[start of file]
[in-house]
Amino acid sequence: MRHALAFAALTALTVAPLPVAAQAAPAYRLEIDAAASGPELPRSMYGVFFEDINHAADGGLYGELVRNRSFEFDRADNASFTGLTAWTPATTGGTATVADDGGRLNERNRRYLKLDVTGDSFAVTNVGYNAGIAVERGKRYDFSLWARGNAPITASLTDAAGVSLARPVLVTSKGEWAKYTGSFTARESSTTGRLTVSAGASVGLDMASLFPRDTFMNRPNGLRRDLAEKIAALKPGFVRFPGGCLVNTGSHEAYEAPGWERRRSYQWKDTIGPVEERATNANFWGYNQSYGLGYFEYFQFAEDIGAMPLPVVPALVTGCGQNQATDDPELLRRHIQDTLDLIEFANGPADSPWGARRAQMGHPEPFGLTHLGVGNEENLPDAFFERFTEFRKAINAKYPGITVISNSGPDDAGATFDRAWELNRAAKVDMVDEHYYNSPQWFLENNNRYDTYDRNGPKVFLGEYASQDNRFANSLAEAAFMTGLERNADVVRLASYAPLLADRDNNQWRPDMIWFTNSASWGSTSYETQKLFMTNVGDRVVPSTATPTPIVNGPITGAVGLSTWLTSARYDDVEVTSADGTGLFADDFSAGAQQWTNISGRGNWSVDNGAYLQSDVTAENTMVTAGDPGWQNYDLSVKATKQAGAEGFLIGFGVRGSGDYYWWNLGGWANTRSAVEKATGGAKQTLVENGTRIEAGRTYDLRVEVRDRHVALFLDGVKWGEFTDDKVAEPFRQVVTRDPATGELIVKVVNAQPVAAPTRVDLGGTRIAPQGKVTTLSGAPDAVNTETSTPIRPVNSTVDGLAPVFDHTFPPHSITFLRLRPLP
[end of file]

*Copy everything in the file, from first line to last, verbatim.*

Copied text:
[in-house]
Amino acid sequence: MRHALAFAALTALTVAPLPVAAQAAPAYRLEIDAAASGPELPRSMYGVFFEDINHAADGGLYGELVRNRSFEFDRADNASFTGLTAWTPATTGGTATVADDGGRLNERNRRYLKLDVTGDSFAVTNVGYNAGIAVERGKRYDFSLWARGNAPITASLTDAAGVSLARPVLVTSKGEWAKYTGSFTARESSTTGRLTVSAGASVGLDMASLFPRDTFMNRPNGLRRDLAEKIAALKPGFVRFPGGCLVNTGSHEAYEAPGWERRRSYQWKDTIGPVEERATNANFWGYNQSYGLGYFEYFQFAEDIGAMPLPVVPALVTGCGQNQATDDPELLRRHIQDTLDLIEFANGPADSPWGARRAQMGHPEPFGLTHLGVGNEENLPDAFFERFTEFRKAINAKYPGITVISNSGPDDAGATFDRAWELNRAAKVDMVDEHYYNSPQWFLENNNRYDTYDRNGPKVFLGEYASQDNRFANSLAEAAFMTGLERNADVVRLASYAPLLADRDNNQWRPDMIWFTNSASWGSTSYETQKLFMTNVGDRVVPSTATPTPIVNGPITGAVGLSTWLTSARYDDVEVTSADGTGLFADDFSAGAQQWTNISGRGNWSVDNGAYLQSDVTAENTMVTAGDPGWQNYDLSVKATKQAGAEGFLIGFGVRGSGDYYWWNLGGWANTRSAVEKATGGAKQTLVENGTRIEAGRTYDLRVEVRDRHVALFLDGVKWGEFTDDKVAEPFRQVVTRDPATGELIVKVVNAQPVAAPTRVDLGGTRIAPQGKVTTLSGAPDAVNTETSTPIRPVNSTVDGLAPVFDHTFPPHSITFLRLRPLP